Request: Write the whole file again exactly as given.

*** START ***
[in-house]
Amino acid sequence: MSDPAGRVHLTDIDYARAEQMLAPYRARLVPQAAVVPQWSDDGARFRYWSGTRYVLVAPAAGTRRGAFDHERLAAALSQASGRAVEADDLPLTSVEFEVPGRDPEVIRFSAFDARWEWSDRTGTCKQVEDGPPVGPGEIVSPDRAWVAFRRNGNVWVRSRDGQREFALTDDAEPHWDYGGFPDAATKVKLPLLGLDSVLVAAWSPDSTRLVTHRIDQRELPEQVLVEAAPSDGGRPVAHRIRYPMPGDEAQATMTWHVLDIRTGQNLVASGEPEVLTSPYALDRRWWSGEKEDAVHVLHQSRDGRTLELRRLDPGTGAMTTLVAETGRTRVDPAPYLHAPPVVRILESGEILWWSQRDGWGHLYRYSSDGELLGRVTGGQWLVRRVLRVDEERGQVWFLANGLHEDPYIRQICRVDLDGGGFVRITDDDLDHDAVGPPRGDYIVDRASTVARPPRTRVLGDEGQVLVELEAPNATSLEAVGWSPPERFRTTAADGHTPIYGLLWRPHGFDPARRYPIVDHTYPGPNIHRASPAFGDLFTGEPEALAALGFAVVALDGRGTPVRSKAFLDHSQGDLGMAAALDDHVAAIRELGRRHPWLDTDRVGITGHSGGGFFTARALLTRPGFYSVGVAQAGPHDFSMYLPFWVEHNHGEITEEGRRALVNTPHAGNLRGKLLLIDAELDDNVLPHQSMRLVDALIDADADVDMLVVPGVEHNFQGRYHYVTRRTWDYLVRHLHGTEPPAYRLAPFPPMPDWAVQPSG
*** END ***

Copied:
[in-house]
Amino acid sequence: MSDPAGRVHLTDIDYARAEQMLAPYRARLVPQAAVVPQWSDDGARFRYWSGTRYVLVAPAAGTRRGAFDHERLAAALSQASGRAVEADDLPLTSVEFEVPGRDPEVIRFSAFDARWEWSDRTGTCKQVEDGPPVGPGEIVSPDRAWVAFRRNGNVWVRSRDGQREFALTDDAEPHWDYGGFPDAATKVKLPLLGLDSVLVAAWSPDSTRLVTHRIDQRELPEQVLVEAAPSDGGRPVAHRIRYPMPGDEAQATMTWHVLDIRTGQNLVASGEPEVLTSPYALDRRWWSGEKEDAVHVLHQSRDGRTLELRRLDPGTGAMTTLVAETGRTRVDPAPYLHAPPVVRILESGEILWWSQRDGWGHLYRYSSDGELLGRVTGGQWLVRRVLRVDEERGQVWFLANGLHEDPYIRQICRVDLDGGGFVRITDDDLDHDAVGPPRGDYIVDRASTVARPPRTRVLGDEGQVLVELEAPNATSLEAVGWSPPERFRTTAADGHTPIYGLLWRPHGFDPARRYPIVDHTYPGPNIHRASPAFGDLFTGEPEALAALGFAVVALDGRGTPVRSKAFLDHSQGDLGMAAALDDHVAAIRELGRRHPWLDTDRVGITGHSGGGFFTARALLTRPGFYSVGVAQAGPHDFSMYLPFWVEHNHGEITEEGRRALVNTPHAGNLRGKLLLIDAELDDNVLPHQSMRLVDALIDADADVDMLVVPGVEHNFQGRYHYVTRRTWDYLVRHLHGTEPPAYRLAPFPPMPDWAVQPSG